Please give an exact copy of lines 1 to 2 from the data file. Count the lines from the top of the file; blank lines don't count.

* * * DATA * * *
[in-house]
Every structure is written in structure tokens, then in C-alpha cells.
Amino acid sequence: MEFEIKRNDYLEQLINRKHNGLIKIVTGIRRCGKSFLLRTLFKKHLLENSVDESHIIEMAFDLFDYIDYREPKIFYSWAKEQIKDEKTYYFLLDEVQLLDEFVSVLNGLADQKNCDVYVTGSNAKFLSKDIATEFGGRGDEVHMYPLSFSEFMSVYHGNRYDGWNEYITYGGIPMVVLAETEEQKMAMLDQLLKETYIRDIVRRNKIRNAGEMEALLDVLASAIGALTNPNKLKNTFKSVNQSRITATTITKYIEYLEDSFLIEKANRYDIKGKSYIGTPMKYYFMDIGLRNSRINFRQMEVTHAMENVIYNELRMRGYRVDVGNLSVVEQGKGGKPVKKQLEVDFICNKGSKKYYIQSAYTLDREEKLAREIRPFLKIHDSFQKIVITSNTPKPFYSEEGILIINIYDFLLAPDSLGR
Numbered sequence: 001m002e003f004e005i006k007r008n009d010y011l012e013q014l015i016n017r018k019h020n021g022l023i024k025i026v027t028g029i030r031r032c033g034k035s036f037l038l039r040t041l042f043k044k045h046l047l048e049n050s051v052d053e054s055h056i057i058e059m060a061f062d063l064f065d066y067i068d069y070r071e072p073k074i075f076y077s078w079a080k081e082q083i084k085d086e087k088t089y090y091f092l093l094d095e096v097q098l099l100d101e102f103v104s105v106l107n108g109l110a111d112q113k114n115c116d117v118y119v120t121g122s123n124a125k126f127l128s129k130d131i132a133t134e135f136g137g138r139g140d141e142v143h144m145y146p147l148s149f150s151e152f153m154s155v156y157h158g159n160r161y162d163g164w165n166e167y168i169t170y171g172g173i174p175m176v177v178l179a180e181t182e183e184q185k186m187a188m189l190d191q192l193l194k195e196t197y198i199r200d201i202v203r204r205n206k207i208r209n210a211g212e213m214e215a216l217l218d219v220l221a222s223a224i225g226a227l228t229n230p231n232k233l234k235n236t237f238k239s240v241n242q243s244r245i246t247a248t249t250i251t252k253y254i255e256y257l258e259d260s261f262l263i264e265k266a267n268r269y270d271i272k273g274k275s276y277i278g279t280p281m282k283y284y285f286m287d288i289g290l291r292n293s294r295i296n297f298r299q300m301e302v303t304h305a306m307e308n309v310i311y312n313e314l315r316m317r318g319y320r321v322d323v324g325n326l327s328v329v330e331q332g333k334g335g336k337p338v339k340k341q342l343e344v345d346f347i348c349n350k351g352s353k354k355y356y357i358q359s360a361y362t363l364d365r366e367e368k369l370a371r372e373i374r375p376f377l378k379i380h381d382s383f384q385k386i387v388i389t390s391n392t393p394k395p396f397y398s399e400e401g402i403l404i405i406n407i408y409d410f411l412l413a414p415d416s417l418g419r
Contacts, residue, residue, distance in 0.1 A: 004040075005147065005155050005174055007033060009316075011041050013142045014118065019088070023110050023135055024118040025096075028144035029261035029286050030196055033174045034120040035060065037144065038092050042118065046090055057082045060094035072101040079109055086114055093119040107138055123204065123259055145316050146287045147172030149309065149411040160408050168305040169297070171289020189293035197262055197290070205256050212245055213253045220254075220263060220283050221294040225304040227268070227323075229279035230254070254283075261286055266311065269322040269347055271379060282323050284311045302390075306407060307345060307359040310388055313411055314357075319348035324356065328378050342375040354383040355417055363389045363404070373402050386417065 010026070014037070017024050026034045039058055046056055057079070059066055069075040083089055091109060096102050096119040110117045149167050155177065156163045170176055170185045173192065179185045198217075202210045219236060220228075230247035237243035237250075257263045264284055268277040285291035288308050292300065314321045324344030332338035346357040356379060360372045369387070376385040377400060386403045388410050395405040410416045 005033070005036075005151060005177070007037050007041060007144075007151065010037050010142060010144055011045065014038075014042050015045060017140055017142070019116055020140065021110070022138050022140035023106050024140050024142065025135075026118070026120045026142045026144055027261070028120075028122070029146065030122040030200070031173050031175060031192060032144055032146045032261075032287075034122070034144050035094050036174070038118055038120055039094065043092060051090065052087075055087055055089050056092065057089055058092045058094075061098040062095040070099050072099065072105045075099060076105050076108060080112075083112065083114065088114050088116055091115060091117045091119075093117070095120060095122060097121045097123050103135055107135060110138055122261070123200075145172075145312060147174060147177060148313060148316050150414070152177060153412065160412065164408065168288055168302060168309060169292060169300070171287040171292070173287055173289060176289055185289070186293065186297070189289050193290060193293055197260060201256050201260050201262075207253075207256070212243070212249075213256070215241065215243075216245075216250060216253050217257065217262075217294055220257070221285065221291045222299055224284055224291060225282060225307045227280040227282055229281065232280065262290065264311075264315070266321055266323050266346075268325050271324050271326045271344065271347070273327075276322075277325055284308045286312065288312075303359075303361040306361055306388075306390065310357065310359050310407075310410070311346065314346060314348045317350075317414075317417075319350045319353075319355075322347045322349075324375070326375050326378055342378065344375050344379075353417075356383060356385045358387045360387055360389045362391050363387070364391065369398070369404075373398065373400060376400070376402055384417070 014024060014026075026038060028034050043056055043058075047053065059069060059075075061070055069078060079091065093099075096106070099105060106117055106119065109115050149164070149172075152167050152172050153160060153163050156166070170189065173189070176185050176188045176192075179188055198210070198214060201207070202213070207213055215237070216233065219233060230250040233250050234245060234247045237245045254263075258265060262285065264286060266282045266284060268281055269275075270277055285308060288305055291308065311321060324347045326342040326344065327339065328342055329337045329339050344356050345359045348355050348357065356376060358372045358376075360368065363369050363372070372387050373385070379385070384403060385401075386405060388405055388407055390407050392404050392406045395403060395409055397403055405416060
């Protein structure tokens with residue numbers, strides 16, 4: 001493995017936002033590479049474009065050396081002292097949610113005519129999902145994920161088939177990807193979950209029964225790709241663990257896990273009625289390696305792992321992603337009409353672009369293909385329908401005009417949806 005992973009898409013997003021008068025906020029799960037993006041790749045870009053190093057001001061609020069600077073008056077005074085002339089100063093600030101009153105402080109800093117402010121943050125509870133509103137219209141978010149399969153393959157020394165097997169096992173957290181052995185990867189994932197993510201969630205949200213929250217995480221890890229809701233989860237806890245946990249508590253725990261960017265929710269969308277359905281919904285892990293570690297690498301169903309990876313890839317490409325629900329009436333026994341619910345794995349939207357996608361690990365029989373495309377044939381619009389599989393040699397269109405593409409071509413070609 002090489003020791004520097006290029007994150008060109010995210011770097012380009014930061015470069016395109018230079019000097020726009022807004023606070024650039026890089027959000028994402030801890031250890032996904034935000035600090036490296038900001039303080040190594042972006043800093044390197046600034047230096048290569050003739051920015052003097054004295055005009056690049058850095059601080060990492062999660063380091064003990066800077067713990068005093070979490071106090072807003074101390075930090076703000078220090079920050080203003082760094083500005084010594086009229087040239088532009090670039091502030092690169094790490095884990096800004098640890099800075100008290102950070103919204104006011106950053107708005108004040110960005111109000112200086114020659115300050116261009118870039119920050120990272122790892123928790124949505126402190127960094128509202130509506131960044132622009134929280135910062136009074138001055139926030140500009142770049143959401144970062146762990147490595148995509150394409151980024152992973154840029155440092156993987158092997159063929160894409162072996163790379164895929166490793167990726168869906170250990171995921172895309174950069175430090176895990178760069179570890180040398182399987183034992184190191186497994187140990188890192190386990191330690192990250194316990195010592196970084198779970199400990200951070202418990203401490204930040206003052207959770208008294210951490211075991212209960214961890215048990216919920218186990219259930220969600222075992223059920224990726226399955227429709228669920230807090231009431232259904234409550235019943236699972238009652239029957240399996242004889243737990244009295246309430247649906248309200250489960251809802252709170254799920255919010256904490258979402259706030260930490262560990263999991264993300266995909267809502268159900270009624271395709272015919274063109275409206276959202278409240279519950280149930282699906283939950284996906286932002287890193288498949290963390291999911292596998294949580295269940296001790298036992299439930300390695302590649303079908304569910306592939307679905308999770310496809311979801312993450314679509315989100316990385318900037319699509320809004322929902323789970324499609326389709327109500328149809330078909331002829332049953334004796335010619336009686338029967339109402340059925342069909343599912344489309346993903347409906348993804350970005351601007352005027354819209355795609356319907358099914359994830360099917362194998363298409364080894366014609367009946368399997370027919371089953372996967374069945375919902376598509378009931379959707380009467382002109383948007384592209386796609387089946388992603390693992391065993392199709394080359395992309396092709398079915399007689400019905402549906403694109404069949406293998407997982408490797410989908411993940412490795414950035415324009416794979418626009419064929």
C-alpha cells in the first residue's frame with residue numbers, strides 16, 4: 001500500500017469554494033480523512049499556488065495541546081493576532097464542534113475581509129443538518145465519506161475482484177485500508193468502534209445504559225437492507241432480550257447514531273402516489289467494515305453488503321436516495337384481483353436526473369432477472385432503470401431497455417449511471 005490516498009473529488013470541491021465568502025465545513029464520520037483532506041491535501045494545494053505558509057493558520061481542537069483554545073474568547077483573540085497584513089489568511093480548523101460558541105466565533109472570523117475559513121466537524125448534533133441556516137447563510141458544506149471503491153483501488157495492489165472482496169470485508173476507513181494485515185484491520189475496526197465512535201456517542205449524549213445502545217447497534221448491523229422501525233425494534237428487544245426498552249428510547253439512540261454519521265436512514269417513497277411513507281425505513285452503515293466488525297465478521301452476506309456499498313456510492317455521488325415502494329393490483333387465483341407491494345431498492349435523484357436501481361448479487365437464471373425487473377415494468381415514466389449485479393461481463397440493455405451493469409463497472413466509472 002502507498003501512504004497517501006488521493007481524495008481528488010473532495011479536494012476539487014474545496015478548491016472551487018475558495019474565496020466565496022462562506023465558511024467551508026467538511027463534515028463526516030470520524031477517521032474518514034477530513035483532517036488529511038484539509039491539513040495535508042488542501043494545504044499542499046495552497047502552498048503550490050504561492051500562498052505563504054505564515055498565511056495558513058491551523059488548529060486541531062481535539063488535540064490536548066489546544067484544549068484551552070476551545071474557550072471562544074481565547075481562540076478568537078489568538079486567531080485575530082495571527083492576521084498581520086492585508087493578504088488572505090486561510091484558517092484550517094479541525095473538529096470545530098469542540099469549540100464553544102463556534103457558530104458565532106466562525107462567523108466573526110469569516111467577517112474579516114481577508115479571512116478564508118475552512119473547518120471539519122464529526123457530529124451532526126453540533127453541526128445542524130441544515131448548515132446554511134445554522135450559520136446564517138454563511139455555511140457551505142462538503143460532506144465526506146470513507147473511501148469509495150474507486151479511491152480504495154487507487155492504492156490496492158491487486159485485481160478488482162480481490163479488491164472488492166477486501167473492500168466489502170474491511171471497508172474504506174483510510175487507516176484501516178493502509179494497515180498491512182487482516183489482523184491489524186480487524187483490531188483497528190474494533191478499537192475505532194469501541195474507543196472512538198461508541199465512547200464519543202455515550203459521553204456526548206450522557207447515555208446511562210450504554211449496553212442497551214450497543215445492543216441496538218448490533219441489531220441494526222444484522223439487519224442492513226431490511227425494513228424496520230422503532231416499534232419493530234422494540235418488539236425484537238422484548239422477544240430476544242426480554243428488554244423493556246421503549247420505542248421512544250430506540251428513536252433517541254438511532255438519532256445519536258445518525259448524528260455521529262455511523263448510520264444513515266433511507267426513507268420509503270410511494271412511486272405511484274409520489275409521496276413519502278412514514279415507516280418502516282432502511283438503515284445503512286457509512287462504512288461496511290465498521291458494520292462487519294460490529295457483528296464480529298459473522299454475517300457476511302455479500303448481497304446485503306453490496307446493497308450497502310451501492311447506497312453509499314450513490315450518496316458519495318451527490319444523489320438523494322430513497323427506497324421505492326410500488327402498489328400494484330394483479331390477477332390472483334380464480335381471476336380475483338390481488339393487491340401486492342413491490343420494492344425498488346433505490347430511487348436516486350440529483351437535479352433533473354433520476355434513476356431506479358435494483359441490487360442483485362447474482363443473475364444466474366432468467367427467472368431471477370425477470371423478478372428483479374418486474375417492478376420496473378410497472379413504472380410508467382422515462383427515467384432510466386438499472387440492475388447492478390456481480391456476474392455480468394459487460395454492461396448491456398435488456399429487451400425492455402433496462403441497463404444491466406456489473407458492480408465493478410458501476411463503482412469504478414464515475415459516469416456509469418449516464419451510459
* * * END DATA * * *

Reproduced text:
[in-house]
Every structure is written in structure tokens, then in C-alpha cells.